# Fizz Keeper Partial Pressures

1. Jul 13, 2014

### ContangoJoe

There is a device called a Fizz Keeper that attaches to carbonated beverage bottles and is supposed to keep them from going flat after they are opened by pressurizing them with air. Dalton's law and Henry's law have been used to debunk the device as ineffective.

The argument against the device's effectiveness goes something like this:

Henry's law states that the concentration of a gas dissolved in a liquid is proportional to the gas's partial pressure. Since the concentration of carbon dioxide in the atmosphere is low, the partial pressure of carbon dioxide contributed by the pressurized air is insignificant. Therefore, about the same amount of carbon dioxide must still come out of solution to reach an equilibrium partial pressure in a resealed bottle.

But there's something I don't understand.

According to Wikipedia, the carbon dioxide in the headspace of an unopened soft drink bottle exerts a pressure of about 2 atmospheres. When the bottle is opened, that carbon dioxide escapes and is replaced with air. If the bottle is closed again, carbon dioxide will come out of solution until its partial pressure again reaches 2 atmospheres (actually a bit less because the concentration of carbon dioxide in solution has decreased some, but let's call it 2 atmospheres for simplicity). But now we also have air in the headspace at 1 atmosphere, so why wouldn't the total pressure be 3 atmospheres (the sum of the partial pressures per Dalton's law) at equilibrium?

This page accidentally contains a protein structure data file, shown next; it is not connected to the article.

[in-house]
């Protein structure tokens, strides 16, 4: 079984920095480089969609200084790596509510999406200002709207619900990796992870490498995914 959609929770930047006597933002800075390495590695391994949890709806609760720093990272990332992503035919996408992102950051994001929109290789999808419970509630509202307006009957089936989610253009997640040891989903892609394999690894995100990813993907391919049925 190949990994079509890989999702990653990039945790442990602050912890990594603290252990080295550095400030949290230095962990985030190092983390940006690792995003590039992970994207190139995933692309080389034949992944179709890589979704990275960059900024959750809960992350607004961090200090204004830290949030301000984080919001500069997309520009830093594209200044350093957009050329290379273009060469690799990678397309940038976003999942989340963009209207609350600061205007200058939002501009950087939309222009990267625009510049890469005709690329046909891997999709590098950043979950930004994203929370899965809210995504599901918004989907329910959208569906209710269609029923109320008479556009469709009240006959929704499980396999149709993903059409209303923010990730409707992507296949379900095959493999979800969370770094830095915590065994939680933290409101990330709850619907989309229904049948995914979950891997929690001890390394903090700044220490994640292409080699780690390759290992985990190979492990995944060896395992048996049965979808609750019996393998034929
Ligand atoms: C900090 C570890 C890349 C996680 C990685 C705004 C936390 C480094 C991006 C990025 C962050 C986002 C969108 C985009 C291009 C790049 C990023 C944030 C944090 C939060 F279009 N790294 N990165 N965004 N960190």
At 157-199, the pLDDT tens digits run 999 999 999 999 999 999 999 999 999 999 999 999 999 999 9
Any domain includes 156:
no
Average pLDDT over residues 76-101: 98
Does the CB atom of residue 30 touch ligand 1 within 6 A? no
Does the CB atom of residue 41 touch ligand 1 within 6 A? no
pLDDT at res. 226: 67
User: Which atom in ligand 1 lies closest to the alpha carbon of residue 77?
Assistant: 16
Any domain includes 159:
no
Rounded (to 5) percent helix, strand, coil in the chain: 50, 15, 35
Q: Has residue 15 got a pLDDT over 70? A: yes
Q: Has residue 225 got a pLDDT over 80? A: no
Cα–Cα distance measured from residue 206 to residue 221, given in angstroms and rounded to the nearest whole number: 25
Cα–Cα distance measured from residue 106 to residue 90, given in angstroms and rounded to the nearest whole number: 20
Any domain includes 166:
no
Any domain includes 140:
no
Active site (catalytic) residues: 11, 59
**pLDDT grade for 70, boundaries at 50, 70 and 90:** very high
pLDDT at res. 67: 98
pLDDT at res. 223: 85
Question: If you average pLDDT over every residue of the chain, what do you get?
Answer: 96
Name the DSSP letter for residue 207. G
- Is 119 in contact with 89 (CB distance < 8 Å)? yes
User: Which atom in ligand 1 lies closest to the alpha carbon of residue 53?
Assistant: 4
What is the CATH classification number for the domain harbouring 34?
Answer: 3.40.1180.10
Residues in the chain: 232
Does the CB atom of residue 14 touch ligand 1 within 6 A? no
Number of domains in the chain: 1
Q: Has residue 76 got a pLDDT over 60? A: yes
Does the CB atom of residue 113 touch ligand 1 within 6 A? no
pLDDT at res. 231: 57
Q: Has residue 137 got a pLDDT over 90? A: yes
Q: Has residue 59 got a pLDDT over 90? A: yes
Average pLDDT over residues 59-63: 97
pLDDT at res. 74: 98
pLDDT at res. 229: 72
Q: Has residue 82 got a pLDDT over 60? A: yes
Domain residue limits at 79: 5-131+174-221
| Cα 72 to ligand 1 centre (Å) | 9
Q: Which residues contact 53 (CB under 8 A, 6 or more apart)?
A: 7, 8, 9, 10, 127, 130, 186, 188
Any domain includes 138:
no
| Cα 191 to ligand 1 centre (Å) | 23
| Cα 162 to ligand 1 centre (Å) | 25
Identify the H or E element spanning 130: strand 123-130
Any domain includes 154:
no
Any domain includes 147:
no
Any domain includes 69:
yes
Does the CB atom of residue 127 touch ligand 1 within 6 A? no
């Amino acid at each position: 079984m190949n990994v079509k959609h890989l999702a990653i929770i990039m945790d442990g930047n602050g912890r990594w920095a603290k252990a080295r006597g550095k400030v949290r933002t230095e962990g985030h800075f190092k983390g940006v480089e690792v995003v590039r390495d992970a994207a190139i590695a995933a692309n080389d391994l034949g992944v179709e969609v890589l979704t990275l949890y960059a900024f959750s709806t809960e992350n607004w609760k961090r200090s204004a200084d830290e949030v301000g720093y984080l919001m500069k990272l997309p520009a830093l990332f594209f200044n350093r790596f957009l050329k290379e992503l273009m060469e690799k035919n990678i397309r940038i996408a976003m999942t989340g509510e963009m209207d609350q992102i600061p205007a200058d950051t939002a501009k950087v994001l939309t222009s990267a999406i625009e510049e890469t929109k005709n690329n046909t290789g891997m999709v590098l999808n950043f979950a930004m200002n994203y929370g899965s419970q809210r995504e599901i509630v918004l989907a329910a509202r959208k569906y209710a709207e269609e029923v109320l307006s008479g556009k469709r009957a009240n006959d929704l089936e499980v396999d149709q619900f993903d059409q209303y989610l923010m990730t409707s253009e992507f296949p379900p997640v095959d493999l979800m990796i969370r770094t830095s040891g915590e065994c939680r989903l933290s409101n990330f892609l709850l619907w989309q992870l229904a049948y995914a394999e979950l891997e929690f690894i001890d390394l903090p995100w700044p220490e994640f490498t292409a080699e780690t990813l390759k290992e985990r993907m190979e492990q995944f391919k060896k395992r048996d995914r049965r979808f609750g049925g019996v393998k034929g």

The total pressure doesn't really go up 50% after a bottle opened and resealed, does it? Can anyone alleviate my confusion?

2. Jul 13, 2014

### Staff: Mentor

Right, but that is mainly an effect of your approximation - the partial pressure of CO2 in the liquid will drop significantly the first time you open the bottle.
Another effect: depending on the way the bottle is filled, it might have O2 and N2 partial pressures below the atmospheric pressure, so some gas can get dissolved there.

3. Jul 13, 2014

### ContangoJoe

I have another question that's a little deeper I think.

It's always seemed strange to me that molecules in a situation like this apparently make a distinction between themselves and molecules of a different compound. It seems to me that molecules would bump into molecules of another kind in basically the same way they would bump into molecules of their same kind.

How is it that the carbon dioxide molecules in this situation can just ignore the pressure of the atmospheric molecules in the headspace?

4. Jul 14, 2014

### Staff: Mentor

They do, but if there is no CO2 in the gas, no CO2 molecules can dissolve. To reach equilibrium, both fluxes have to be the same, and that needs a certain density of CO2 in the gas. More other atoms just make the motion more jagged (shorter mean free path), but the collision rate of CO2 molecules with the water surface stays the same.

5. Jul 16, 2014

### Staff: Mentor

At the pressures you are considering, the mixture of CO2 and air is still essentially in the ideal gas region where the various species act essentially independently.

Chet